Hockey clubs must deal with player migration

Clubs should stop blaming ambitious players for migrating elsewhere and instead look inwards for solutions to one of Irish hockey’s big talking points, according to a highly- respected coach educator.
Hockey clubs must deal with player migration

Mick McKinnon, who guided Armagh from the seventh tier of Ulster hockey to the Irish League and also won numerous national titles with Railway Union, believes clubs that have seen their best talent move to EY Hockey League teams shouldn’t feel sorry for themselves.

The advent of a season-long, 18-game national league last season has seen clubs such as Cork Harlequins women and Lisnagarvey’s men benefit from a major influx of provincial club players who wish to compete at the highest level.

Annadale’s coaching director Andy Smyth has expressed fears that young players moving to EYHL clubs could hinder their own development if they fail to break into the first team, noting that just one of the 36 Ireland U18 boys squad members sees regular game-time at that level.

While McKinnon feels Annadale handled the departure of their own star player, Michael Robson to Lisnagarvey with dignity, he says sport is a “food chain” clubs must live and die by.

Citing his experiences at Armagh, McKinnon noted many players joined them from other clubs during their halcyon days in the 2000s, but now there are 10 former Armagh players lining out for EYHL sides while the club toils near the bottom of Ulster’s second tier.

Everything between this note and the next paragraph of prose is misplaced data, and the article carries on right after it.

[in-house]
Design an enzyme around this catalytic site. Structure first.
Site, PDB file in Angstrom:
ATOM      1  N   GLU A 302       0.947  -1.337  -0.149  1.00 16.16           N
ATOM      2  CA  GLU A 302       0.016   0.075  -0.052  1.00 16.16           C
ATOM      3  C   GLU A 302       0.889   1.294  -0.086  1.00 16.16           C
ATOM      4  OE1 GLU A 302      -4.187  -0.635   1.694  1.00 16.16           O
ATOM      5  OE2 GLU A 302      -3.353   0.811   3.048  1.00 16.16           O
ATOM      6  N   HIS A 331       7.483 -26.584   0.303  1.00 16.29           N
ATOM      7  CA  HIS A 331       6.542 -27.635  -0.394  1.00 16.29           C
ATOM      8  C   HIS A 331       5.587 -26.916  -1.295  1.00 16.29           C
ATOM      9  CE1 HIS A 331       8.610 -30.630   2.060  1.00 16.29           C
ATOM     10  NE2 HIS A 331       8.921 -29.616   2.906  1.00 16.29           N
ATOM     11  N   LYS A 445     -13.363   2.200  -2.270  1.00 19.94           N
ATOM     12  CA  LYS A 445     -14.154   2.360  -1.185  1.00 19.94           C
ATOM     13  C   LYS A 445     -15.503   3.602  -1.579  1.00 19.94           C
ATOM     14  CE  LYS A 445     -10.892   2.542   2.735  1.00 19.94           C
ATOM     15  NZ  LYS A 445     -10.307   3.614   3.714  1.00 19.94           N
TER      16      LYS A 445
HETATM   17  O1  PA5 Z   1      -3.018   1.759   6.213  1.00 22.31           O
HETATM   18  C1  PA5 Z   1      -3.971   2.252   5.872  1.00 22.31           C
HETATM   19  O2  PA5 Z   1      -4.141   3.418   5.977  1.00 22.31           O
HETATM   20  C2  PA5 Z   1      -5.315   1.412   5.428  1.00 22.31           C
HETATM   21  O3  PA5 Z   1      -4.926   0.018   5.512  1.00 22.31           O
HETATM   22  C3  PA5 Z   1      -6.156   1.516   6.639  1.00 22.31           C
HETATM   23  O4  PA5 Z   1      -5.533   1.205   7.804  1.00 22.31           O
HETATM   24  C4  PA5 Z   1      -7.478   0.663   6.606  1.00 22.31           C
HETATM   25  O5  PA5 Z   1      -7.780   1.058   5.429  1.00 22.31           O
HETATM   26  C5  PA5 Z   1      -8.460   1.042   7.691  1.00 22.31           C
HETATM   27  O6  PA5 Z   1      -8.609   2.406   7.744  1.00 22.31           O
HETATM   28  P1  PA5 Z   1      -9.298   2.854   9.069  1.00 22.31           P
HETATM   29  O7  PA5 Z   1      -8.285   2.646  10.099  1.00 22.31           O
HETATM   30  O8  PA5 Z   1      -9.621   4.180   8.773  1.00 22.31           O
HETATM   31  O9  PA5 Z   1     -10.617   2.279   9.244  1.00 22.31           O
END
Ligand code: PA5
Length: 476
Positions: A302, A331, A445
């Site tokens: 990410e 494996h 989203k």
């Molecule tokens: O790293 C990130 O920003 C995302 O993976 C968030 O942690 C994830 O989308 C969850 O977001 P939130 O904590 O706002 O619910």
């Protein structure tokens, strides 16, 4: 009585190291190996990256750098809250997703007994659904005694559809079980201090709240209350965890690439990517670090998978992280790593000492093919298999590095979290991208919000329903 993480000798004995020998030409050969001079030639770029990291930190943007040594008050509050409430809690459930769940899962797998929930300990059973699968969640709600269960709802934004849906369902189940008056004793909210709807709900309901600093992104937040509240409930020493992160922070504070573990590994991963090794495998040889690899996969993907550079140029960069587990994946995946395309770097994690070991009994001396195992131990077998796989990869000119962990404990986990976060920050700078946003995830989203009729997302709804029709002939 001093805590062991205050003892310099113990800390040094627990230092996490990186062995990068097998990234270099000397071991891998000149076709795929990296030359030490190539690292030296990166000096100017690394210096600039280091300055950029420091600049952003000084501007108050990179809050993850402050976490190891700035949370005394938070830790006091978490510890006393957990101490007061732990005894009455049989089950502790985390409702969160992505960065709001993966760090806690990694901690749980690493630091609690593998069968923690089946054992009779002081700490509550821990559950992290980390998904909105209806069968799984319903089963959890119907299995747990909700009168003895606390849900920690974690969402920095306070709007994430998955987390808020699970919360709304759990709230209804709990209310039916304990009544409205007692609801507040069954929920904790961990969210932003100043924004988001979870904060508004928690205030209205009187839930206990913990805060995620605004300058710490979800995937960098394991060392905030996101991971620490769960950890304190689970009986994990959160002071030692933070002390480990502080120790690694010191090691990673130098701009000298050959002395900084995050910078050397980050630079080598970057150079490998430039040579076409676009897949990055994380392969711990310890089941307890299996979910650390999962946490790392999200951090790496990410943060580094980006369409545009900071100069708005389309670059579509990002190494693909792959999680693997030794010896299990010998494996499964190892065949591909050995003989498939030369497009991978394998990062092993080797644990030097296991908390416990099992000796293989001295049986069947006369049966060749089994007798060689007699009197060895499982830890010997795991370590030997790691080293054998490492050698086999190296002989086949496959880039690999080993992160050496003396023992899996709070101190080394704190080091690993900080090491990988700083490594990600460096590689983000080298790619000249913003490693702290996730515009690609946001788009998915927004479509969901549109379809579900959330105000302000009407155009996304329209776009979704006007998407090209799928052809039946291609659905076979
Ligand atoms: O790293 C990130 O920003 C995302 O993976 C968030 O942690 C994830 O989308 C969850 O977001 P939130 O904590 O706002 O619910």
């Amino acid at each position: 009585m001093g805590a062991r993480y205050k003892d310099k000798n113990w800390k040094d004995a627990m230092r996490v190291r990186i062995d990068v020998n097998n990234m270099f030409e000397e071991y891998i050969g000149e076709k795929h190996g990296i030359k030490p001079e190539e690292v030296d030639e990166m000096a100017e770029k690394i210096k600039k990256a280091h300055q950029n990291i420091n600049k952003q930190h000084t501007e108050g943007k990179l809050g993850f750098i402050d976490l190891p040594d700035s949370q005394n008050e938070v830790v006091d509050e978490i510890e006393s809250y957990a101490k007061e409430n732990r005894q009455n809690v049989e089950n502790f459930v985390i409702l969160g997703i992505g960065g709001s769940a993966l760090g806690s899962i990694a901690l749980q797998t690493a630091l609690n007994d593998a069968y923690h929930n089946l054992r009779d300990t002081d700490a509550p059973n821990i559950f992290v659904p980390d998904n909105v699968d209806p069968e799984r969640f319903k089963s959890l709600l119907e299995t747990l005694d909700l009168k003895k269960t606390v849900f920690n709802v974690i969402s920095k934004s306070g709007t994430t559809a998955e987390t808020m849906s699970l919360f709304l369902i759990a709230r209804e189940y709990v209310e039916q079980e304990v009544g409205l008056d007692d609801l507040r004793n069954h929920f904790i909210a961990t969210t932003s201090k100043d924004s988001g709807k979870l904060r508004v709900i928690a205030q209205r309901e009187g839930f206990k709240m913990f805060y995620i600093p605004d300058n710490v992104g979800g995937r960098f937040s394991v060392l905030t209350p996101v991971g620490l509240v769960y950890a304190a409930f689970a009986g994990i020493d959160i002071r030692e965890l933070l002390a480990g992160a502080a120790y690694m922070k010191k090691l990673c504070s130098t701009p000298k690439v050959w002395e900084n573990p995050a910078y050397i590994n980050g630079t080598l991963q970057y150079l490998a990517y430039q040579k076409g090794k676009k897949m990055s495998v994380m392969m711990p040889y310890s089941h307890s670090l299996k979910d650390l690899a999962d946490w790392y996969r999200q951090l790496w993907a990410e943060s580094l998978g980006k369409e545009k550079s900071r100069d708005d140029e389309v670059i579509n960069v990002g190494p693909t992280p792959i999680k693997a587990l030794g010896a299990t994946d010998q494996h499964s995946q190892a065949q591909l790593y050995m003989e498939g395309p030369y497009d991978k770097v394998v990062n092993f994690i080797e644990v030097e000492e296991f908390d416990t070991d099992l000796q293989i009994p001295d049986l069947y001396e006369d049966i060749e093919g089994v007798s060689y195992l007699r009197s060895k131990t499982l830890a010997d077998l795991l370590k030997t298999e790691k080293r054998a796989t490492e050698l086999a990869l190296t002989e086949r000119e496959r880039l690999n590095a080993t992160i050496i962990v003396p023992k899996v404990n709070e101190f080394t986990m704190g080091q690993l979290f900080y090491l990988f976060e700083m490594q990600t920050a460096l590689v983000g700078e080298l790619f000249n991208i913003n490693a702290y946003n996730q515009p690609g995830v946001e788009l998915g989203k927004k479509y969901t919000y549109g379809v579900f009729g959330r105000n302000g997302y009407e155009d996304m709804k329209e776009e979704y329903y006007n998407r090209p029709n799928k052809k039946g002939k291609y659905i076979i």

“To imply it happens because of the introduction of the EYHL is wrong. It has always happened, and always will,” he wrote in his Hockey Coach Share blog. “Clubs have no right to feel aggrieved if this happens.

“It is far easier for a club to blame the players than to look at themselves and question why these players left. Were the club fulfilling their needs? Was the coaching of a high enough standard? Did they feel they could maximise their potential there? Clubs need to strive to provide for the needs of their players, be they aspirational or monetary, and if they cannot then they must accept that the players will look elsewhere.”

McKinnon adds smaller clubs need to double down on their own development work to create a “pack” of players who will stay together and bring the club to the EYHL under its own steam.

On the pitch, it’s a massive double weekend for Cork Harlequins women. They must negotiate Pembroke to keep up their EYHL title challenge tomorrow, before heading north 24 hours later to meet Pegasus in the semi-finals of the Irish Senior Cup.

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